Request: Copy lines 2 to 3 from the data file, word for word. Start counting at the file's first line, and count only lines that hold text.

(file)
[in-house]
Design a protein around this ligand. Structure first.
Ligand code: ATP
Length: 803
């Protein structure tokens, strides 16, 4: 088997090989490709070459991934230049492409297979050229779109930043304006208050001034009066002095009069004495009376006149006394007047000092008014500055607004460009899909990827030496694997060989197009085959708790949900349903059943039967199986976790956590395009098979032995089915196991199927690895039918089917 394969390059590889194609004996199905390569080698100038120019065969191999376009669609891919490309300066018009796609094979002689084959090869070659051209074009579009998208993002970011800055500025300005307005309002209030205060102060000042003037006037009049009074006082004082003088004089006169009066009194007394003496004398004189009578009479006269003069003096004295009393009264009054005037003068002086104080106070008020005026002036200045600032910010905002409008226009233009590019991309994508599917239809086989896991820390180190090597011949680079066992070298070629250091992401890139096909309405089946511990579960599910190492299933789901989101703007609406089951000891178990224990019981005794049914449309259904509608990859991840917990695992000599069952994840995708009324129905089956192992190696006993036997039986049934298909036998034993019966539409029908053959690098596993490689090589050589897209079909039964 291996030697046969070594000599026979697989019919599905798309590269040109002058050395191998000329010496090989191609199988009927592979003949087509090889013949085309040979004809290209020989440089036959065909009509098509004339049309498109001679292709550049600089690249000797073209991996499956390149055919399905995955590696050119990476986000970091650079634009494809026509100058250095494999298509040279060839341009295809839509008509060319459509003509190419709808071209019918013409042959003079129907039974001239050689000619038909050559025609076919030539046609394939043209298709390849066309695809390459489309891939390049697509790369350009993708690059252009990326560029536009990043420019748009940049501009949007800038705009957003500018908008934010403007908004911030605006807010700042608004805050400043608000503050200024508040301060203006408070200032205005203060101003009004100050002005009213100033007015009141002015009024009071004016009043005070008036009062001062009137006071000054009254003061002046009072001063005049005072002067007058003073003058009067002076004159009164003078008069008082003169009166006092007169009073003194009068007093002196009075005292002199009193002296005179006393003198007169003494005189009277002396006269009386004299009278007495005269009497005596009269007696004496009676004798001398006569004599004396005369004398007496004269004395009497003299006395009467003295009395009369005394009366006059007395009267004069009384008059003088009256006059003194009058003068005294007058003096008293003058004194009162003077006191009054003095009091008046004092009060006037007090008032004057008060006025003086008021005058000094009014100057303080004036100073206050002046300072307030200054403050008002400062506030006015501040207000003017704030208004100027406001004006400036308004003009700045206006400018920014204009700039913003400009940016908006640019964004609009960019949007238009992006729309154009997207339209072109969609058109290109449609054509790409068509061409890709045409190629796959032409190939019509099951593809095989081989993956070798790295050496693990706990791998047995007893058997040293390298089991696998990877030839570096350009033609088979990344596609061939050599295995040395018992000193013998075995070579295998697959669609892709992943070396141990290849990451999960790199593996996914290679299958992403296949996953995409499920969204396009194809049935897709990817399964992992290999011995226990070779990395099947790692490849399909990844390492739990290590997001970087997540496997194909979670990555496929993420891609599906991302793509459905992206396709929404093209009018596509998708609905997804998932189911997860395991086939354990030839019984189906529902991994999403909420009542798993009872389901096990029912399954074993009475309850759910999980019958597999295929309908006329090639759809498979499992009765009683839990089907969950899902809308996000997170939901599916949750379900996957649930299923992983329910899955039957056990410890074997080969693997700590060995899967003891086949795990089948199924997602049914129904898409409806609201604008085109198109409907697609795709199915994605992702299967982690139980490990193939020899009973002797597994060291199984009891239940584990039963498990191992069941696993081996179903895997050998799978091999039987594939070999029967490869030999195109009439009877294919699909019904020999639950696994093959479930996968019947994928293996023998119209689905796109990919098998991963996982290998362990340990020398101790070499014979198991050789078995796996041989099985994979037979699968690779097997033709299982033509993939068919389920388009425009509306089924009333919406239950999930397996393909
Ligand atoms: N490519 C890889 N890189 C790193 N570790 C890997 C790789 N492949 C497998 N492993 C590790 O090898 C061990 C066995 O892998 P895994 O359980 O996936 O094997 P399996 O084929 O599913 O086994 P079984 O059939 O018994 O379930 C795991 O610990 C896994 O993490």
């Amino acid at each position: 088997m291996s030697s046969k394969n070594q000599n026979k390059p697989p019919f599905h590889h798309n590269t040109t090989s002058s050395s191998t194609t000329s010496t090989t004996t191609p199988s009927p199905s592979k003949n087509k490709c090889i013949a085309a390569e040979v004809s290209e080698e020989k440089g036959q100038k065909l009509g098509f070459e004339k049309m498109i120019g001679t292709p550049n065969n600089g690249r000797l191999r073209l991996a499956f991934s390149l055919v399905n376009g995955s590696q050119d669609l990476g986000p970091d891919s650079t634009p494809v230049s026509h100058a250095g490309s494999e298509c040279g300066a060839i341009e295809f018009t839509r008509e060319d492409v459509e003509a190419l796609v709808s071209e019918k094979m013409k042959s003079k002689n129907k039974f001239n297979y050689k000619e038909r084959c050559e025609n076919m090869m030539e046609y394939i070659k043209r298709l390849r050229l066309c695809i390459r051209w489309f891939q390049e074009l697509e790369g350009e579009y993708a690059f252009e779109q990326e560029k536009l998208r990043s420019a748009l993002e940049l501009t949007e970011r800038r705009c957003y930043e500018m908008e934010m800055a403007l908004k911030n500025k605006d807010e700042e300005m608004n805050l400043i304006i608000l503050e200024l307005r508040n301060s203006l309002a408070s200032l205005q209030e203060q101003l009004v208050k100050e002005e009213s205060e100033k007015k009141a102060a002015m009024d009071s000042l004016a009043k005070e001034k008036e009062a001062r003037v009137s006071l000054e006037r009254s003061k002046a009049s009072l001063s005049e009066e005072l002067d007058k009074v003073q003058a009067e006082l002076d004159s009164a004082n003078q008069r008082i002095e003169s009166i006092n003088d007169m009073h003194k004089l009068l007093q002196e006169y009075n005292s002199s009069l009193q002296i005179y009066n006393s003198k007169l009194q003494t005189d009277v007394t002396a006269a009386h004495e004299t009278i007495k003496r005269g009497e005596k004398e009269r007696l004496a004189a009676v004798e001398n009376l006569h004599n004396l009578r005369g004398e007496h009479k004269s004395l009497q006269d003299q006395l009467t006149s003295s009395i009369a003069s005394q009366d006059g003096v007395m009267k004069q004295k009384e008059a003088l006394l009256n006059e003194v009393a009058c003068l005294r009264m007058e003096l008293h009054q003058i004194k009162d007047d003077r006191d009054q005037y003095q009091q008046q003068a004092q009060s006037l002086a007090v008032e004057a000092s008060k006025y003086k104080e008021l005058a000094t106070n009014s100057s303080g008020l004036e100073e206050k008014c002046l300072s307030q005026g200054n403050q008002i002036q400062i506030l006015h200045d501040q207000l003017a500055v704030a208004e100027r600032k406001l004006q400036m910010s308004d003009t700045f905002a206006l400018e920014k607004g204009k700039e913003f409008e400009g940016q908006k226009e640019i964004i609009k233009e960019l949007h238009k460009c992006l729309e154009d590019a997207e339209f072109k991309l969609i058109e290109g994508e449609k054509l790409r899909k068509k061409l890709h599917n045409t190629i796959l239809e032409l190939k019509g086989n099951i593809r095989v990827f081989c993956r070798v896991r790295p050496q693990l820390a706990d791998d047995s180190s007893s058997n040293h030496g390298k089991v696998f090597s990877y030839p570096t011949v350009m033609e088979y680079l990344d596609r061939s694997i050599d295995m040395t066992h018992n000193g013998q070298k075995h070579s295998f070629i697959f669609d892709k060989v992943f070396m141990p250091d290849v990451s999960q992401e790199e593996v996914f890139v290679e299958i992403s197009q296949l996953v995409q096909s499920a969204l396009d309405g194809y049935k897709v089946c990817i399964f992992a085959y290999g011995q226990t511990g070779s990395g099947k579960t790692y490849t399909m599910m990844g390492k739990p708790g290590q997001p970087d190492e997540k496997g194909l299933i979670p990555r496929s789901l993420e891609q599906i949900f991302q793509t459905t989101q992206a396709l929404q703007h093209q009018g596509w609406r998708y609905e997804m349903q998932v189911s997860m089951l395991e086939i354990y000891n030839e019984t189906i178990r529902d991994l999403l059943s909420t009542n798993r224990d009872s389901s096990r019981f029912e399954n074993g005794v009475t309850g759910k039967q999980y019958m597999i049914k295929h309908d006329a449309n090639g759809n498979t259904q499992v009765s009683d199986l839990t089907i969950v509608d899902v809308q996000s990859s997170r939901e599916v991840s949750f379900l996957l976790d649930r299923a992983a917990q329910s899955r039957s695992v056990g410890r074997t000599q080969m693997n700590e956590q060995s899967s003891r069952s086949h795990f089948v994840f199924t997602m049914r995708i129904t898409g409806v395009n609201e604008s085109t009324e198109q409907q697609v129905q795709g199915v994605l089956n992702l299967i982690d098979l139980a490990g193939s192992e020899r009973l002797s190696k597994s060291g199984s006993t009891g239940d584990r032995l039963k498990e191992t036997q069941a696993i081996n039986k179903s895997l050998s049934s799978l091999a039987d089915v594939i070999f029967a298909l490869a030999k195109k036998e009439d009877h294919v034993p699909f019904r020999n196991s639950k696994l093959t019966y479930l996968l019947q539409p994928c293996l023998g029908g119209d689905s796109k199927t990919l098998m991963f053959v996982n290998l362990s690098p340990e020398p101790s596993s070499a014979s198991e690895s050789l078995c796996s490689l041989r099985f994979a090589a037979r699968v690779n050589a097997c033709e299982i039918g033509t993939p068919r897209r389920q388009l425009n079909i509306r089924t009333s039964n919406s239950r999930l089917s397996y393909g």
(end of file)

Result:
Design a protein around this ligand. Structure first.
Ligand code: ATP